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Statement from American Jewish Congress Regarding the Bundy School-Decentralization Plan

Wednesday, February 28, 1968

Murray A. Gordon, a New York lawyer and national vice president of the American Jewish Congress, endorses the Bundy School-Decentralization plan. Mr. Gordon believes that the reform is essential to good education and assures teachers that the plan will not violate their rights.

Augustine (Concept of Evil)

Dr. King quotes theologian St. Augustine's "Confessions."

Letter from Gordon Allott to MLK

Thursday, July 9, 1964

Gordon Alliot, a member of the United States Senate, sends his appreciation to Dr. King for his endorsement for a position on the "historic civil rights bill."

Letter from Thomas Wilkins to MLK

Monday, April 5, 1965

Thomas Wilkins suggests that Dr. King consider pursuing an initiative against taxation in Alabama. He proposes that any Negro who is refused voter registration should not pay any taxes in the state.

Telegram from MLK to Senator Robert Kennedy

Monday, March 18, 1963

Dr. King requests that Senator Robert Kennedy initiate an investigation into complaints about the actions of police during demonstrations in Petersburg, Virginia.

Letter from Jack Thayer to Mrs. King

Friday, January 19, 1968

Jack Thayer, of KLAC Radio, writes to Mrs. King thanking her for a recent guest appearance on "Two-Way Radio," in Southern California.

Pledge Card: Get Rid of Wallace

This adverse advertisement published by the SCLC encourages Negro residents of Alabama not to vote for Governor George Wallace.

Letter from E.B. Putnam to MLK

Mrs. E.B. Putnam writes Dr. King regarding her concerns with the Communist Party's presence in America. She believes they are using race issues to gain power. The author also tells Dr. King that he should focus on leading people to Christ and not on race relations.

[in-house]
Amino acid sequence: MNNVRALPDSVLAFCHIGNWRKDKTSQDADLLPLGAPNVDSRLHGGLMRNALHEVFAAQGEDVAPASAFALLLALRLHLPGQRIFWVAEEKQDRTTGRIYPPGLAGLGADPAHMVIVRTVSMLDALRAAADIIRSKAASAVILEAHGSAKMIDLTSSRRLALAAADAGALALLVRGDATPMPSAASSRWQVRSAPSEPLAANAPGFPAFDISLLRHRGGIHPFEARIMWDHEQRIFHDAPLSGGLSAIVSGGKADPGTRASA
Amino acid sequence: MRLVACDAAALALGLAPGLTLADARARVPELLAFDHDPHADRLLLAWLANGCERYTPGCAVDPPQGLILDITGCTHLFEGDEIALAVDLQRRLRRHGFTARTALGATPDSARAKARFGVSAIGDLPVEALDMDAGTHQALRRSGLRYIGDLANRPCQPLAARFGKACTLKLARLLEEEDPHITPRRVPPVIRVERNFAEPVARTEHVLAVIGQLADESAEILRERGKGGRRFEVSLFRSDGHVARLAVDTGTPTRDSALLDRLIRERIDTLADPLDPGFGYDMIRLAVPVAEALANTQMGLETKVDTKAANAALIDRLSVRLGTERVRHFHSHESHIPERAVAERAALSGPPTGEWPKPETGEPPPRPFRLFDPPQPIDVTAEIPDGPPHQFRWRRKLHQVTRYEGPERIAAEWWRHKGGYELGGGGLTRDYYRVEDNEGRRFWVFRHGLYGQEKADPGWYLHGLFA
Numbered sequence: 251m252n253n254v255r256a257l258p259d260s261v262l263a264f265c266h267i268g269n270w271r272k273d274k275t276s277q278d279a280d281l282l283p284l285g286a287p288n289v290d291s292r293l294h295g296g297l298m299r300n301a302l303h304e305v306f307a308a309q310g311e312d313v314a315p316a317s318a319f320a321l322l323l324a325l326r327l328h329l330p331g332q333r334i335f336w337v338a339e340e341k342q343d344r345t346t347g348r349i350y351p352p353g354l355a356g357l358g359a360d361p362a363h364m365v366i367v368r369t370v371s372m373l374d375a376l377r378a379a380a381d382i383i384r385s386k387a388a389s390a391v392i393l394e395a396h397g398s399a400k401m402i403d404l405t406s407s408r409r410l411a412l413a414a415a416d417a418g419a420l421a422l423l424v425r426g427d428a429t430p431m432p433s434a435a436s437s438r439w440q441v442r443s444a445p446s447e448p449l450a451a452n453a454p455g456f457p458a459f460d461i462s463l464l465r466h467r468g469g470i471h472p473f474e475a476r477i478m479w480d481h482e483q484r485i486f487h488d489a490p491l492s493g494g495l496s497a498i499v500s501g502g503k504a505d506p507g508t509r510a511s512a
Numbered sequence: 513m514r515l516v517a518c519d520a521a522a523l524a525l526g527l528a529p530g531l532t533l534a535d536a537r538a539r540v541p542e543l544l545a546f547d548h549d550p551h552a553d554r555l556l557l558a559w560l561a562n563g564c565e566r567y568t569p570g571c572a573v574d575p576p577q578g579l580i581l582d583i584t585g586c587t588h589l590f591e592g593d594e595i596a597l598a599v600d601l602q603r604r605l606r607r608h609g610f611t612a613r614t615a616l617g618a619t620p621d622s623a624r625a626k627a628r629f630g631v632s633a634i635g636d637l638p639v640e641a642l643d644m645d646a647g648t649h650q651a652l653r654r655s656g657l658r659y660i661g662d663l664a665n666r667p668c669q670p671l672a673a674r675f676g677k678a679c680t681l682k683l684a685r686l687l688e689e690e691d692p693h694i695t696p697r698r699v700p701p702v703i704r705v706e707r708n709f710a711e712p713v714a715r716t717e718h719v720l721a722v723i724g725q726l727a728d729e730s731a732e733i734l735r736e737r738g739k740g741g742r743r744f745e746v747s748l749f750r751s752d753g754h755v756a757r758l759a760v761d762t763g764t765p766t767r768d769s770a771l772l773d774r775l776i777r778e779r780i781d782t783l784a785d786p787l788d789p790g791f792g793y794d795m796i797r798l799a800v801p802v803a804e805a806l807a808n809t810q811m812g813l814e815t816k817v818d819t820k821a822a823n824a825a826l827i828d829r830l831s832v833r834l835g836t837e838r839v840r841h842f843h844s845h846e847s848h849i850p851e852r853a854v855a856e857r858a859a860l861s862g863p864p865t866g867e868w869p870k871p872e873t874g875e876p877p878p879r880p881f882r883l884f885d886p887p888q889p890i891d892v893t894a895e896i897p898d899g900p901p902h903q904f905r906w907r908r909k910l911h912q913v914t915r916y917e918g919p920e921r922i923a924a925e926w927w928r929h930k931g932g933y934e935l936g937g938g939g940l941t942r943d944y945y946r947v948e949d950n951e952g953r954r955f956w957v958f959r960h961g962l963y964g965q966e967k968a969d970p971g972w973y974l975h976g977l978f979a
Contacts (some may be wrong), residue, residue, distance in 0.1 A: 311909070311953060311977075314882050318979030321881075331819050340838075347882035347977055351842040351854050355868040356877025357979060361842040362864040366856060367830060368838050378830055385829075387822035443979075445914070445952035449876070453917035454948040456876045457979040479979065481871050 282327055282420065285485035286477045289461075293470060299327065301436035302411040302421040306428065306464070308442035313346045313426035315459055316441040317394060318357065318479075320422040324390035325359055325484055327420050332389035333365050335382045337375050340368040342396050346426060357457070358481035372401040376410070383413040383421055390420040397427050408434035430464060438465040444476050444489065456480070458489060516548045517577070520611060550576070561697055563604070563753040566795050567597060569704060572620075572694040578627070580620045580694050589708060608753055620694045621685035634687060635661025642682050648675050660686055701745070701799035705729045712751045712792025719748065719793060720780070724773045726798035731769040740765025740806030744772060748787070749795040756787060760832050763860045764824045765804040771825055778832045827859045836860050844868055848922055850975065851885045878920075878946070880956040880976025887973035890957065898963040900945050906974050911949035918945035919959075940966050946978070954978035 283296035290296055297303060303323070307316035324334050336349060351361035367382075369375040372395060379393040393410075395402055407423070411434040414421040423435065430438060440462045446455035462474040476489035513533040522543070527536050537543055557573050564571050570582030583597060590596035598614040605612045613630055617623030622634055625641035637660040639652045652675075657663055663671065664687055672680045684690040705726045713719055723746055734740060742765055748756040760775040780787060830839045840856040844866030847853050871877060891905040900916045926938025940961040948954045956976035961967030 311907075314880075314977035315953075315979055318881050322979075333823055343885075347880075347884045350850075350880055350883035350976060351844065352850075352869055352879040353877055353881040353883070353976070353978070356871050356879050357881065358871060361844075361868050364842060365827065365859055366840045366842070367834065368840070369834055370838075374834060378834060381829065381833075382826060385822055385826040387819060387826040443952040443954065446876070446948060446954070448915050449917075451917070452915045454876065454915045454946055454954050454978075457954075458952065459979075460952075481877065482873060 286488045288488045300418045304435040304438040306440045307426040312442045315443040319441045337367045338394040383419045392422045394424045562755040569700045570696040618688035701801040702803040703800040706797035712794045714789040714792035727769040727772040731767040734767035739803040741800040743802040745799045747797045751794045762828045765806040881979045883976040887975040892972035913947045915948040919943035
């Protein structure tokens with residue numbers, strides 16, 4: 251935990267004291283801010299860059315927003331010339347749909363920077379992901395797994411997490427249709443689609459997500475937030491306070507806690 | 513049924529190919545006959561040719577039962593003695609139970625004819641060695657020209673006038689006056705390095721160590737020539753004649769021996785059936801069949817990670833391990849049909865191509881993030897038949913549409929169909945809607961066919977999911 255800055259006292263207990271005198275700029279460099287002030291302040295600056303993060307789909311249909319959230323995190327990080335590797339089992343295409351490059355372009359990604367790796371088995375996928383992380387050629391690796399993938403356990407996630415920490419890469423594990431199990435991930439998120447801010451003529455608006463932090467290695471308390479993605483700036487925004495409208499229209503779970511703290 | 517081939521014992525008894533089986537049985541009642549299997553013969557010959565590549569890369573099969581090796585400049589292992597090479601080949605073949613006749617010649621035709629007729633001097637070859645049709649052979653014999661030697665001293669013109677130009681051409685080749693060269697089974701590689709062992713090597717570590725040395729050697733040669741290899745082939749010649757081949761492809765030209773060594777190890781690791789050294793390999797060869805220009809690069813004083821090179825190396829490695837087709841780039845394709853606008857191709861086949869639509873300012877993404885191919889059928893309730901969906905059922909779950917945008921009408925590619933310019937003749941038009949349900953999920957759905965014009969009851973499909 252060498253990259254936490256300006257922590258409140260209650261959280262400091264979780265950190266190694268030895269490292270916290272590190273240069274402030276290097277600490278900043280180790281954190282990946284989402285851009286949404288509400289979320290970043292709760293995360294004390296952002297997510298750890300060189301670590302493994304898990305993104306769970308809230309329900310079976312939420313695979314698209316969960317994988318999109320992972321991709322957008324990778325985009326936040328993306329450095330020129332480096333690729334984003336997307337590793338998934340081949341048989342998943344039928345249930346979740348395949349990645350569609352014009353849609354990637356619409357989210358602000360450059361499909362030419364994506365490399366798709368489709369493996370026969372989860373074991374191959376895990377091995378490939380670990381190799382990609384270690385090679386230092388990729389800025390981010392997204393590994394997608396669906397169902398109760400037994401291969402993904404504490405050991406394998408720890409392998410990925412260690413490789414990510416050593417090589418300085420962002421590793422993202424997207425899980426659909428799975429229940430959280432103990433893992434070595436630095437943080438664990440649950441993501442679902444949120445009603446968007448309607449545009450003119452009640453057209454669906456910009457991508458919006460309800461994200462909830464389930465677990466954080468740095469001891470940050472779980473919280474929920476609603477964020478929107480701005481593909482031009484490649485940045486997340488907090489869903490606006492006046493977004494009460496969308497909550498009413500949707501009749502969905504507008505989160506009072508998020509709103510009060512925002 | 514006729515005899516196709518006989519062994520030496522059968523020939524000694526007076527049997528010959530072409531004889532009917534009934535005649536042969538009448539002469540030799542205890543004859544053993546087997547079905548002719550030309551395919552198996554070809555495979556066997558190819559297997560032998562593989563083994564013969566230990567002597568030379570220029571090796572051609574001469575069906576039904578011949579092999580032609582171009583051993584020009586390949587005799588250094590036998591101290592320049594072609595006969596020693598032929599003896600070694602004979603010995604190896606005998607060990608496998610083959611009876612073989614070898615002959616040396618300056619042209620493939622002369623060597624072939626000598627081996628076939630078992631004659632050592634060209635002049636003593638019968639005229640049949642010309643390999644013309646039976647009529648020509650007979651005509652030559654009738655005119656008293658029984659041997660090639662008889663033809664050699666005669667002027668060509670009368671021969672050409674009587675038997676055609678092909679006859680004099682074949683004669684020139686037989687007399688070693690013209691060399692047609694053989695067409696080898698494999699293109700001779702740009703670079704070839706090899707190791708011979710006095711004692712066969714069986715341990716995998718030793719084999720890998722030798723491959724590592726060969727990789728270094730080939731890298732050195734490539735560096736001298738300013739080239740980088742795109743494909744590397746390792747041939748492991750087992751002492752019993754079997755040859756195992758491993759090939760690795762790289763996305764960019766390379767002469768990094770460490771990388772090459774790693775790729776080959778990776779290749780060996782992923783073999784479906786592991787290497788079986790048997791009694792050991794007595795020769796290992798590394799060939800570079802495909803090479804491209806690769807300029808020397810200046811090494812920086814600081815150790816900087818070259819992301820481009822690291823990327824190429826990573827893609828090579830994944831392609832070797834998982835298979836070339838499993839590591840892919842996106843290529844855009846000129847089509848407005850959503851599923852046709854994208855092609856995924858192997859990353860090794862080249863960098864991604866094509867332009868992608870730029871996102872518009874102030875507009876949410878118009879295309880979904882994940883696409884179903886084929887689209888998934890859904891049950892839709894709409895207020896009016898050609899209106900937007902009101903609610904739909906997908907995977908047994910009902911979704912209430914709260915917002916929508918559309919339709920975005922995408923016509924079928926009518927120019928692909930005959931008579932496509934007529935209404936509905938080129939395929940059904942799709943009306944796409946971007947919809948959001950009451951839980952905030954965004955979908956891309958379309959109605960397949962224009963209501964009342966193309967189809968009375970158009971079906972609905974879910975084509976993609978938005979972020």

Statement Before The Credentials Committee

Saturday, August 22, 1964

Dr. King makes a statement to the Democratic National Committee in an effort to persuade the the organization to recognize the Mississippi Freedom Democratic Party as a sitting, and voting, entity of the Democratic Party. Dr. King emphasizes that not only is the fabric of the Democratic National Party at stake, but representative government as it is known throughout the world.

Letter from Dora McDonald to Rev. Otis Moss

Wednesday, January 9, 1963

Dora McDonald informs Rev. Otis Moss, Dr. King's former co-pastor at Ebenezer Baptist Church, that Dr. King will not be able to accept his invitation to speak at Mt. Zion Baptist Church for Men's Day due to his travels.

Letter from Ms. Dorothy Clark to Rev. Abernathy

Wednesday, April 10, 1968

In this letter accompanying a contribution, Ms. Clark expresses her condolences after Dr. King's assassination and pledges her personal support in continuing his mission.

Letter from Peter Seeger to MLK

American folk singer, songwriter and activist Peter Seeger shares with Dr. King a previous experience appearing on a television program in Tokyo. Seeger recommends the program as an excellent means to communicate with the Japanese people.

Why We Can't Wait Book Cover

This draft of Why We Can't Wait contains sketches of a cover, table of contents and edits of the brief description.

Wisdom

Dr. King quotes and comments on Proverbs 2:6, saying that wisdom is a supreme virtue for the author of Proverbs and involves moral character and knowledge.

Telegram from Rev. Harold Carlson to MLK

Thursday, September 19, 1963

Reverend Harold E. Carlson sends words of encouragement to Dr. King. Carlson prays for continued strength and courage for King's "holy cause."

Citizens' Crusade Against Poverty Southern Rural Action Project Progress Report

Wednesday, August 24, 1966